CSJ Pension “Primer”
Friday, September 20th, 2013
Centre for Social Justice
720 Bathurst St.
Agenda
* Introductions & Goals,
* Ground rules for the session
1) Public Pension System
2) Workplace pensions
3) Employer ...
1. Public pension system

What IS a pension?

Fight for “old age” pensions dates back 200+
years, relates to disability ...
Public pension system cont'd
CPP benefits:

Up to 25% of Avg Industrial Wage
(2013:$12,775) – Avg pensions: $6,300/yr

1...
Public pensions cont'd

Wage derived systems reproduced gender
inequalities

LICO poverty rates among single senior wome...
2. Workplace pensions

Widely established only in post-war period, combination
of industrial base (auto, steel, etc) and ...
Workplace pensions cont'd

Defined Benefit Features:

A formula defines the pension that is “promised”

Collective pool...
Workplace pensions cont'd
Defined contribution (DC) features:

No promised benefit formula, risk borne by worker

Indivi...
3. Employer & Gov't attacks on
pensions
In the neoliberal period, expansion of
workplace plans was turned around
dramatica...
Attacks cont'd
Rationale for attacks:
●
Financial markets no longer delivering high
returns
●
2008 financial crisis & long...
Attacks cont'd
●
Benefit cuts (indexing dropped,
early retirement cut, basic formula
reduced, etc)
●
Closure of DB pension...
4. Tensions in “financialized”
retirement security
Was original establishment of workplace
based plans a mistake? (GM vs U...
Tensions cont'd
Peter Drucker, Pension Fund Socialism
(1976):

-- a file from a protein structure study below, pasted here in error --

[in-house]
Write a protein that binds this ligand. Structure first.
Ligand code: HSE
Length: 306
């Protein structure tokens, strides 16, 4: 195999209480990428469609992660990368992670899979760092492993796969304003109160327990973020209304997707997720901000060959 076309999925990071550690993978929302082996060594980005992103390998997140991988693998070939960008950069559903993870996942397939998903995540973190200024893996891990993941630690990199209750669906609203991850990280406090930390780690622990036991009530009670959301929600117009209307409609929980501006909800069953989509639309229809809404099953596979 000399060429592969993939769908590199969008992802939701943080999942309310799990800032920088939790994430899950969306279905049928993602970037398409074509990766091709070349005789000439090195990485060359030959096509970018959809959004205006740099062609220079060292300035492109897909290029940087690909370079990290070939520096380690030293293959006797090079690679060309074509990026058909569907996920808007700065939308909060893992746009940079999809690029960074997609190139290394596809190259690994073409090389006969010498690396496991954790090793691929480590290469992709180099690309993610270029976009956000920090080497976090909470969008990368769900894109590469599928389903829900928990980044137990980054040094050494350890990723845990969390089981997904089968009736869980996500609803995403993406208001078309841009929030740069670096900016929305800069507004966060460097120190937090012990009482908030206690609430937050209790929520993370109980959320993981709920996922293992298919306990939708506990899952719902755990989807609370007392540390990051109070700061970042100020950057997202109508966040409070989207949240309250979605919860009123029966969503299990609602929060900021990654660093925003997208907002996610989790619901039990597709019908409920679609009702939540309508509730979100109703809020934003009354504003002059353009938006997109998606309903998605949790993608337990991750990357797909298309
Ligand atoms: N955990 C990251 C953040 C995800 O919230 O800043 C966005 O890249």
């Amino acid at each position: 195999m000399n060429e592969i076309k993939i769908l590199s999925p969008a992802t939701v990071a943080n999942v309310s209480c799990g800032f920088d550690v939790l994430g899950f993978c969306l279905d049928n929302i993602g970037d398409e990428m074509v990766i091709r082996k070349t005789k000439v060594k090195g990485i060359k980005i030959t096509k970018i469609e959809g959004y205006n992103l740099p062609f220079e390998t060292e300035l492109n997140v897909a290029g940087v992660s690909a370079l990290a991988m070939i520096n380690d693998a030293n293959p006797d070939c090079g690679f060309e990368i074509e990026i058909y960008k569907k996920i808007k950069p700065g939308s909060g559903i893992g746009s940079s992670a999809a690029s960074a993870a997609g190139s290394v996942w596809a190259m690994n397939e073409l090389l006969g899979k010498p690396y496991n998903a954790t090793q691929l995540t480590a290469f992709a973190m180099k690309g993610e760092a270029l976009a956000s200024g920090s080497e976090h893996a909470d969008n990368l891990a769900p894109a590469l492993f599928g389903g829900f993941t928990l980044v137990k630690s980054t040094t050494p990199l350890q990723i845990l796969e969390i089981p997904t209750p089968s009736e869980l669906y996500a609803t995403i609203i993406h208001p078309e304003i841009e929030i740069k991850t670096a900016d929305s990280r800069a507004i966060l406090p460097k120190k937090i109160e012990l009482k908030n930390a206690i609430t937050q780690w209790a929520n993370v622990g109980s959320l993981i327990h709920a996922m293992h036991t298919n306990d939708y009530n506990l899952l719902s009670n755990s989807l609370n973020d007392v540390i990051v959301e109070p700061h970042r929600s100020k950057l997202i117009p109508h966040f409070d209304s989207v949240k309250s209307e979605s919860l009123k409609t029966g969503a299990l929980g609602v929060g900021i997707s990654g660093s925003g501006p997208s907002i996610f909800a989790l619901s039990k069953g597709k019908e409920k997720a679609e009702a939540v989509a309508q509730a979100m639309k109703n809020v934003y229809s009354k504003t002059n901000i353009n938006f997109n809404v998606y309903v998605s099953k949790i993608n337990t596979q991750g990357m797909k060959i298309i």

●
Exaggerates pension ownership of equities
●
Endorses new o...
Tensions cont'd
●
Certain socialists, trade unionists take up
idea that real economic power available to
transform society...
Tensions cont'd
Various kinds of social reformers also
inspired by concepts:
●
Some unions seek control or joint control
●...
Tensions cont'd
●
Pension funds no longer passive investors!
●
The “Rise of Finance”, and financialization,
has meant more...
Solving the tensions?
Strategy #1 – Work within the system:
We should seize tools at hand, work within
financial system vi...
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Pensions - a primer for Canadians

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Some basics on the following issues:
1. The public pension system (Old Age Security/GIS and Canada Pension Plan)
2. Workplace pensions and the attack on pensions
3. The funding of pensions and the tensions inherent in 'financialized' retirement security

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Pensions - a primer for Canadians

  1. 1. CSJ Pension “Primer” Friday, September 20th, 2013 Centre for Social Justice 720 Bathurst St.
  2. 2. Agenda * Introductions & Goals, * Ground rules for the session 1) Public Pension System 2) Workplace pensions 3) Employer and government attacks on pensions 4) Tensions in private and “financialized” retirement security Q & A & Discussion
  3. 3. 1. Public pension system  What IS a pension?  Fight for “old age” pensions dates back 200+ years, relates to disability and unemployment struggles  Police, military, government workers (Hamilton)  Railroad, banking/insurance  Old Age Security 1927 (means tested), 1952 (universal)  Canada Pension Plan (1966)
  4. 4. Public pension system cont'd CPP benefits:  Up to 25% of Avg Industrial Wage (2013:$12,775) – Avg pensions: $6,300/yr  100% indexed, age 65 (early retirement at 60 w/penalty)  Disability component, survivor benefits etc OAS benefits:  $6,600 / yr (w/residency requirement)  100% indexed, age 65  (Harper phasing in age 67)
  5. 5. Public pensions cont'd  Wage derived systems reproduced gender inequalities  LICO poverty rates among single senior women only recently came down due to CPP maturity (1970s: 70%, 1990s: 40%, 2013: 14%)  Much continuing debate about current status, but very small public system crucially important  OAS-GIS funded by general tax revenues, CPP funded by payroll contributions  1998 – CPP investment policy changed